No matter what happens this week at the Shriners Hospitals for Children Open, Ryan Moore will have something to celebrate.
Moore, the tournament’s defending champion, would love to repeat at TPC Summerlin. But even if he doesn’t, there will be a party in Las Vegas. Moore’s son, Tucker, turns 1 on Saturday, and the former UNLV All-American is enjoying fatherhood.
“It’s been incredible,” said Moore, 30. “Obviously, there’s some adjustments with the schedule, but it’s been nothing but positive.”
Moore’s win last year was the result of maturity and resiliency. He led by one shot entering the final round but knew no lead at TPC Summerlin was completely safe. He held off challenges early from Jason Day, who shot an amazing 28 for the first nine holes, and late from Brendon de Jonge, who pulled even with Moore through 13. But Moore answered with birdie at 16 and held off de Jonge to win for the second time on the PGA Tour and post a tournament 72-hole record 28-under-par 260, which included a first-round 10-under 61.
“It was great to win, especially here at a tournament that means so much to me,” Moore said. “Being a UNLV guy and living here, it’s like a fifth major to me. I value it so much. And to do it the way I did it, with my entire family here and my wife’s (Nichole) family here, that made it even more special.”
Moore didn’t win in the 2013 season but made $1,490,265. He had three top-10 finishes and was 68th in the FedEx Cup rankings.
Moore said he likes the new format for 2013-14, which includes the Shriners Open in the FedEx points chase. This year’s winner receives 500 points and an invitation to the 2014 Masters.
“I’m real excited about the new system,” said Moore, who made a career-best $2,858,944 in 2012. “It’s an opportunity to get off to a great head start.”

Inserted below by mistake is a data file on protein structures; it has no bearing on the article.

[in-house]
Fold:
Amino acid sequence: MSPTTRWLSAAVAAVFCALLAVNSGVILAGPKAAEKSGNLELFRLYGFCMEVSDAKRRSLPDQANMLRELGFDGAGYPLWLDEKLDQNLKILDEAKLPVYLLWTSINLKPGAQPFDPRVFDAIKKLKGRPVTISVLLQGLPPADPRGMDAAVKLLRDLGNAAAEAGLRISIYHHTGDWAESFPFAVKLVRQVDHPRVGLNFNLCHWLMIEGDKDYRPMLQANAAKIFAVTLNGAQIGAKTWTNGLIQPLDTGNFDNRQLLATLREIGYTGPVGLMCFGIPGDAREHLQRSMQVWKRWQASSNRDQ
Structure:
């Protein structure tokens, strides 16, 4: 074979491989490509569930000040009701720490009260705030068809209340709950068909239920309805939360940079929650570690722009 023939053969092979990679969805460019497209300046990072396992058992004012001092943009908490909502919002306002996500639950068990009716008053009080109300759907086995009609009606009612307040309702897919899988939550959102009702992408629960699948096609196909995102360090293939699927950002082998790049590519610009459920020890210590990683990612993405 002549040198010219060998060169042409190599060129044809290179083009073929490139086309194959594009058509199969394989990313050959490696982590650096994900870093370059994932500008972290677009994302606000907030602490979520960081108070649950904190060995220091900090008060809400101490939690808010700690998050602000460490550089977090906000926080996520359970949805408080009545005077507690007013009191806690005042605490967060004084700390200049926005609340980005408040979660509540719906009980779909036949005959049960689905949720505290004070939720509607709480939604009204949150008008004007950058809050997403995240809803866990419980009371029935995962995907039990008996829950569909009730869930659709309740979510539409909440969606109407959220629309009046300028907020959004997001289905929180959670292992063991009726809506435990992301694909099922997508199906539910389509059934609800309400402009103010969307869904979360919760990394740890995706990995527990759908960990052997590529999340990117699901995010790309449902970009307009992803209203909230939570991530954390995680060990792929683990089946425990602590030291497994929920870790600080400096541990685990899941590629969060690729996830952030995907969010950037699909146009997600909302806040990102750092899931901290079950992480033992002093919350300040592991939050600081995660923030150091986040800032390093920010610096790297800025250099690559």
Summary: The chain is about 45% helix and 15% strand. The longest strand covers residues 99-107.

Moore has tried to give back to the game in his native Washington. His RMG Golf Course Management, which oversees Oakbrook Country Club, McCormick Woods and The Classic at Spanaway, is wrapping up its second year of operation. Golfers have unlimited playing privileges at the three courses for as little as $59 a month.
“We’re very pleased with the response,” said Moore. “We’re trying a different approach to membership and make it affordable for people to enjoy playing three very good golf courses.”
Moore, one of seven former UNLV golfers competing this week, said he never will forget the support he received from the gallery last year.
“It was tremendous hearing the crowd pull for me,” he said. “It made it that much more special.”
Moore’s familiarity with TPC Summerlin should help his game again this week. But he’s not taking his home-course knowledge for granted.
“I mean, it’s huge, but it doesn’t always mean you’re going to play good, just because it’s a course you play often and a course you’re comfortable with,” he said. “That’s what we kind of talked about earlier is last year is the first time I kind of approached this tournament and this golf course like I would approach any other tournament golf course. I actually really looked at it, it’s easy sometimes to kind of get lazy and a little complacent on a golf course that you’re comfortable with and you’re not used to hitting shots.
“So for me last year I made myself step back and look at each hole and really think it through, like if I had never played this golf course before and I was going to come play a tournament here, what would I want to do on this hole, what spots on this course can lead to a double bogey, where do you really need to avoid.
“I made a lot less bogeys here last year than I have in the past, and I think that kind of keeps your momentum alive, especially in a tournament where you need to make a lot of birdies.”
Contact reporter Steve Carp at email@example.com or 702-387-2913. Follow him on Twitter: @stevecarprj.